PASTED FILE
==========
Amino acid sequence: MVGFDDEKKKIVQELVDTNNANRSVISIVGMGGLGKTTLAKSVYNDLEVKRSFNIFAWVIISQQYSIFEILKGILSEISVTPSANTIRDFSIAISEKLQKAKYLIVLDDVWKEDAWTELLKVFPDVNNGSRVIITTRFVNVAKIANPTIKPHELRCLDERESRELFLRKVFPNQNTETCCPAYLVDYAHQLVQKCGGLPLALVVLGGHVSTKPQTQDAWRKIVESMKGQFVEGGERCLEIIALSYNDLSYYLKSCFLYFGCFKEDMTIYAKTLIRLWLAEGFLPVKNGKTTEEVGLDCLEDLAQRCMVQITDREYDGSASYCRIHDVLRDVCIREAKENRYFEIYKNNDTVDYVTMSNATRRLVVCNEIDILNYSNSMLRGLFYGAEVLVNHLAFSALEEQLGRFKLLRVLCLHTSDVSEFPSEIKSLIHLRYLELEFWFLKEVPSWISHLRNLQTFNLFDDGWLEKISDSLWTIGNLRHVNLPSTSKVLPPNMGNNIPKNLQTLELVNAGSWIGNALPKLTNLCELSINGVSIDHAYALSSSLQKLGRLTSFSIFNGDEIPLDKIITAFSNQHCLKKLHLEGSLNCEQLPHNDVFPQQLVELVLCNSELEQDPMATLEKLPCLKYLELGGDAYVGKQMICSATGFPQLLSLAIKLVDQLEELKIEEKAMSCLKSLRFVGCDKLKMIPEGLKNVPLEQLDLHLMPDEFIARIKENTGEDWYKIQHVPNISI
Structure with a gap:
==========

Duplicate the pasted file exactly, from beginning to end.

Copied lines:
Amino acid sequence: MVGFDDEKKKIVQELVDTNNANRSVISIVGMGGLGKTTLAKSVYNDLEVKRSFNIFAWVIISQQYSIFEILKGILSEISVTPSANTIRDFSIAISEKLQKAKYLIVLDDVWKEDAWTELLKVFPDVNNGSRVIITTRFVNVAKIANPTIKPHELRCLDERESRELFLRKVFPNQNTETCCPAYLVDYAHQLVQKCGGLPLALVVLGGHVSTKPQTQDAWRKIVESMKGQFVEGGERCLEIIALSYNDLSYYLKSCFLYFGCFKEDMTIYAKTLIRLWLAEGFLPVKNGKTTEEVGLDCLEDLAQRCMVQITDREYDGSASYCRIHDVLRDVCIREAKENRYFEIYKNNDTVDYVTMSNATRRLVVCNEIDILNYSNSMLRGLFYGAEVLVNHLAFSALEEQLGRFKLLRVLCLHTSDVSEFPSEIKSLIHLRYLELEFWFLKEVPSWISHLRNLQTFNLFDDGWLEKISDSLWTIGNLRHVNLPSTSKVLPPNMGNNIPKNLQTLELVNAGSWIGNALPKLTNLCELSINGVSIDHAYALSSSLQKLGRLTSFSIFNGDEIPLDKIITAFSNQHCLKKLHLEGSLNCEQLPHNDVFPQQLVELVLCNSELEQDPMATLEKLPCLKYLELGGDAYVGKQMICSATGFPQLLSLAIKLVDQLEELKIEEKAMSCLKSLRFVGCDKLKMIPEGLKNVPLEQLDLHLMPDEFIARIKENTGEDWYKIQHVPNISI
Structure with a gap: